Chen Guangcheng: Clinton applauds China allowing dissident to apply to study in U.S.
China said on Friday blind dissident Chen Guangcheng could apply to study abroad, a move praised by U.S. Secretary of State Hillary Clinton.
China said on Friday blind dissident Chen Guangcheng could apply to study abroad, a move praised by U.S. Secretary of State Hillary Clinton and suggesting an end may be near to a diplomatic crisis between Beijing and Washington.
But rights activists sounded a note of caution over expectations of a quick way out for Chen, saying Beijing could be worried that appearing to be soft might embolden other challengers to Communist Party rule ahead of a power handover late this year.
The announcement by the Chinese Foreign Ministry followed a dramatic and very public appeal by Chen, who spoke by phone to a U.S. congressional hearing on his case, asking to be allowed to spend time in the United States after fleeing 19 months of extra-judicial captivity in his home village.
"If he wants to study abroad, he can apply through normal channels to the relevant departments in accordance with the law, just like any other Chinese citizen," ministry spokesman Liu Weimin said in a brief statement, adding Chen was still being treated in hospital.
Clinton, in Beijing for strategic and economic talks, said the U.S. ambassador to Beijing, Gary Locke, had spoken to Chen again on Friday when he had confirmed he wanted to go to the United States to study, along with his family.
"Over the course of the day progress has been made to help him have the future that he wants and we will be staying in touch with him as this process moves forward," she said.
"This is not just about well known activists; it's about the human rights and aspirations of more than a billion people here in China and billions more around the world and it's about the future of this great nation and all nations," Clinton added.
U.S. officials said they now expect to have regular access for both American diplomats and doctors. They also said that checks had shown that Chen had three broken bones from his escape, and his foot was put in a cast.
U.S. State Department spokeswoman Victoria Nuland said Chen had been offered a fellowship from an American university, where he can be accompanied by his wife and two children.
She said Washington expected Beijing to quickly deal with his application to travel abroad. "The United States government would then give visa requests for him and his immediate family priority attention," Nuland said in a statement.
The crisis erupted last week when Chen sought refuge in the U.S. embassy. He stayed there for six days until Wednesday when U.S. officials took him to a Beijing hospital after assurances from the Chinese government that he and his family would receive better treatment.
But within hours, Chen, 40, had changed his mind, scuppering what had seemed to be a delicately constructed deal between Chinese and U.S. diplomats to allow him to receive treatment for a broken foot and be reunited with his wife and children.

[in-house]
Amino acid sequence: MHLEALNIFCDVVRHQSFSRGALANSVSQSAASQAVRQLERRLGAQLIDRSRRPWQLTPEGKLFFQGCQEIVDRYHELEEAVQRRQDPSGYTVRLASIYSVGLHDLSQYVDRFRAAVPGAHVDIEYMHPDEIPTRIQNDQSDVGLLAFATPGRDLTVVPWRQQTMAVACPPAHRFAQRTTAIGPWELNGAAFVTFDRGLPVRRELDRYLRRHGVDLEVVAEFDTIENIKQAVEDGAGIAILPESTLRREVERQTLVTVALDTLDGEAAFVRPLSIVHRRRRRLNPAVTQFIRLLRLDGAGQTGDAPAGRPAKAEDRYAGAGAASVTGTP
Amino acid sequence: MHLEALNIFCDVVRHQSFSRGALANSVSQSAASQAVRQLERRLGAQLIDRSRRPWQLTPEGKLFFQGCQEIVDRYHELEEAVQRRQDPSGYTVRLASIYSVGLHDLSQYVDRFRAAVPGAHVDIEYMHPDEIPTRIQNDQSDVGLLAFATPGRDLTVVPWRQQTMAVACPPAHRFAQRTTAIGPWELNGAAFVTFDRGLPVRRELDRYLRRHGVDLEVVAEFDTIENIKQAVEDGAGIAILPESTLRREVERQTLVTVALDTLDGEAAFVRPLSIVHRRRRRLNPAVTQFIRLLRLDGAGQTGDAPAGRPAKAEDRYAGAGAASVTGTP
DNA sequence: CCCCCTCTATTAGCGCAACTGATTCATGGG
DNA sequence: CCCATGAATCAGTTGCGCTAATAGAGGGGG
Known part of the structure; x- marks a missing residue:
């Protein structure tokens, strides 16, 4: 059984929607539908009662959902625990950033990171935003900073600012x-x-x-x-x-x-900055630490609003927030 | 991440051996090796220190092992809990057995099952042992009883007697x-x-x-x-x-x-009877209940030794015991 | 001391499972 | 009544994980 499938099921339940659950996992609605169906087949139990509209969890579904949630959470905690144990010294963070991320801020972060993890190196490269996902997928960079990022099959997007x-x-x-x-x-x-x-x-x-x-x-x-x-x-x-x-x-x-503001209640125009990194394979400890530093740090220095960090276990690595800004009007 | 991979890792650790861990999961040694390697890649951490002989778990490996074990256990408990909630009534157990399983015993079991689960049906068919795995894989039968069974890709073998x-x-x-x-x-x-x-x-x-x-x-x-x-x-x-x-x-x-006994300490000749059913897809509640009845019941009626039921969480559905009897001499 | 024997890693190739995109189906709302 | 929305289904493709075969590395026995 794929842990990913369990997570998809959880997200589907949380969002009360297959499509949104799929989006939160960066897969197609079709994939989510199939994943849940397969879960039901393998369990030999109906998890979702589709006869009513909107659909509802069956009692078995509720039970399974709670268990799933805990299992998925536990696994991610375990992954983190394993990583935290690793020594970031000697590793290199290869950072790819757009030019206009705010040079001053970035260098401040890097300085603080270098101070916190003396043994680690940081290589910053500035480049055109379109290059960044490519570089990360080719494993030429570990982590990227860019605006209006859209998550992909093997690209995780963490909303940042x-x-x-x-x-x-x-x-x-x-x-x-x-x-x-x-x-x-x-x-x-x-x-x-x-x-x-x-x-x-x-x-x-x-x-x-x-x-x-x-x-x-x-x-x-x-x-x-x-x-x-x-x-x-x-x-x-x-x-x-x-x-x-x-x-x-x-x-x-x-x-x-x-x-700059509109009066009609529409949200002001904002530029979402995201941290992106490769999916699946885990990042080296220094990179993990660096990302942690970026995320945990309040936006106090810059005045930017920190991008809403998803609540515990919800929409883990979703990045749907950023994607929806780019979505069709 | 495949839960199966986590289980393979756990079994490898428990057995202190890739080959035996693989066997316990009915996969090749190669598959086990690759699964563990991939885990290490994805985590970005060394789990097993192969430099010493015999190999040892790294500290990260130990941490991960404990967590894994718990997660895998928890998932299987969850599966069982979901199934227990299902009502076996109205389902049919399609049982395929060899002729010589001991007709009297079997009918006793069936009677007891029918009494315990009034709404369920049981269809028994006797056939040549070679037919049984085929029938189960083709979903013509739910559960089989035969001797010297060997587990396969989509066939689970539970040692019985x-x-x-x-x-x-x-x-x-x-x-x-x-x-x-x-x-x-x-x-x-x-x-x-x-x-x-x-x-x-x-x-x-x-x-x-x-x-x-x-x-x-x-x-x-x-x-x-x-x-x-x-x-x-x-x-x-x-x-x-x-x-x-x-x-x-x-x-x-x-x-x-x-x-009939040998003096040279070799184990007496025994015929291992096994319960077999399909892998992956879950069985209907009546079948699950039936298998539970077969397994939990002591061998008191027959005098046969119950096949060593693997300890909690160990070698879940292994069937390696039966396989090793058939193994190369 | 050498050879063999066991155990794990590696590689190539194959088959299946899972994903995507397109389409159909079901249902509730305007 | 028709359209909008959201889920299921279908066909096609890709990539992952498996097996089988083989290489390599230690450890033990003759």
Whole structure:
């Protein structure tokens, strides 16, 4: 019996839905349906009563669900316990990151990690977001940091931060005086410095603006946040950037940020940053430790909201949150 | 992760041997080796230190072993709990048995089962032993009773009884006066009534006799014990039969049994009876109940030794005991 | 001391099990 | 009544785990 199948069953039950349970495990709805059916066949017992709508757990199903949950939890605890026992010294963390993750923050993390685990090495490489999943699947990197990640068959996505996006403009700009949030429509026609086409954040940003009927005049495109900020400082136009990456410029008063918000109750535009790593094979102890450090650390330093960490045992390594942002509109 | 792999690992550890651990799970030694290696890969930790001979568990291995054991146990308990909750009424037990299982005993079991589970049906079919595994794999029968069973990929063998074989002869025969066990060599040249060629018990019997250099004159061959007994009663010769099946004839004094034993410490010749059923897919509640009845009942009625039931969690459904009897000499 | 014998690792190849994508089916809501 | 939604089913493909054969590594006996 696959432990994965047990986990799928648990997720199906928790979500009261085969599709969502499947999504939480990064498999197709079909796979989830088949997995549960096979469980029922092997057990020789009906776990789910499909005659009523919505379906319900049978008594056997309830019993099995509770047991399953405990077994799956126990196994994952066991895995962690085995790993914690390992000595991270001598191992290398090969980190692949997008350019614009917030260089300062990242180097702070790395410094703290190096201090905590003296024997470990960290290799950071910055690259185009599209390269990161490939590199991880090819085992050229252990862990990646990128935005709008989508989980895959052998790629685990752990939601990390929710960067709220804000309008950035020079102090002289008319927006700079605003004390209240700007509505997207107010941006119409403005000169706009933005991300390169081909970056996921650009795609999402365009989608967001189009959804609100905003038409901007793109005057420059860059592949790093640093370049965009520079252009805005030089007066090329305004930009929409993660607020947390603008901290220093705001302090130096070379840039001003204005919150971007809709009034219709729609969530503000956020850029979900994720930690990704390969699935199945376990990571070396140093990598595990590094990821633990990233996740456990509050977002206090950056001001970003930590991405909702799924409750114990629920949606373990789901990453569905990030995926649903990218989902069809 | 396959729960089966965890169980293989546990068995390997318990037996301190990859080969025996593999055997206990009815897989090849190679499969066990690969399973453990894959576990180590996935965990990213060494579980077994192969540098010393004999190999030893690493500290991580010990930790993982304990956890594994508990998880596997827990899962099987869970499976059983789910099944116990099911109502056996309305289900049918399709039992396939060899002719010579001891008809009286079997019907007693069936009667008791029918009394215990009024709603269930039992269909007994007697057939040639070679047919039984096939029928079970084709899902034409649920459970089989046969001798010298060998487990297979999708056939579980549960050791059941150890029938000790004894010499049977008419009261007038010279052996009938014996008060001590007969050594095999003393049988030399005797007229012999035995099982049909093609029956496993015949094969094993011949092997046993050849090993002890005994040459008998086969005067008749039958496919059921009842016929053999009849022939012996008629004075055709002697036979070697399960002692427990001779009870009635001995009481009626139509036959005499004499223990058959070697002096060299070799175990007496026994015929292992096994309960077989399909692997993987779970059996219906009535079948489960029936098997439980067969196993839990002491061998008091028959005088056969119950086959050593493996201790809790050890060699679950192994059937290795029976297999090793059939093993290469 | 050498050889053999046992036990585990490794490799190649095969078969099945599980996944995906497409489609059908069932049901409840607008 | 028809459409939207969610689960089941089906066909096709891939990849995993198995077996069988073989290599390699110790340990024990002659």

Chen was anxious about his future and the fate of family members who apparently helped his escape and were detained by authorities in the rural eastern province of Shandong.
The issue cast a shadow over this week's visit to Beijing by Clinton for talks intended to improve ties between the world's two biggest economies.
Despite the friction, a U.S. official said China would raise foreign ownership limits in domestic joint venture securities firms and allow them to trade commodities and financial futures in a move to further liberalize capital markets. Treasury Secretary Timothy Geithner said China had also made significant reforms to its currency regime, long a bone of contention.
Clinton told Chinese President Hu Jintao ties were the strongest they had ever been. But Beijing has nevertheless accused the United States of meddling in its affairs in the Chen case.
Chinese human rights lawyer Tang Jitian cautioned that the authorities could easily hold up the paperwork to delay Chen leaving the country. China's security forces might not be as keen as its diplomats for a quick exit.
"This notice from the Ministry of Foreign Affairs is positive news, but how it will play out we don't know. For instance, getting the approval for the paperwork to go, there are many potential pitfalls," said Tang. "We can't be 100 percent optimistic."
One of China's main official newspapers accused Chen of being a pawn of American subversion of Communist Party power and described U.S. ambassador Locke as a backpack-wearing, Starbucks-sipping troublemaker.
"Chen Guangcheng has become a tool and a pawn for American politicians to blacken China," the Beijing Daily said.
Chen, in translated comments, also told the congressional hearing that villagers who had helped him were "receiving retribution" and he was most concerned about the safety of his mother and brothers.
His village remained under lockdown. Guards chased away two Reuters reporters who attempted to enter the village on Friday. The four heavy-set guards ran slowly, yelling at the reporters as their car drove away.
Chen, who campaigned against forced abortions under China's "one-child" policy, sought refuge in the U.S. embassy after escaping from house arrest in a village in Shandong on April 22.
The Chen case comes at a tricky time for China, which is engaged in a leadership change. The carefully choreographed transition has already been knocked out of step by the downfall of ambitious senior Communist Party official Bo Xilai in a scandal linked to the apparent murder of a British businessman.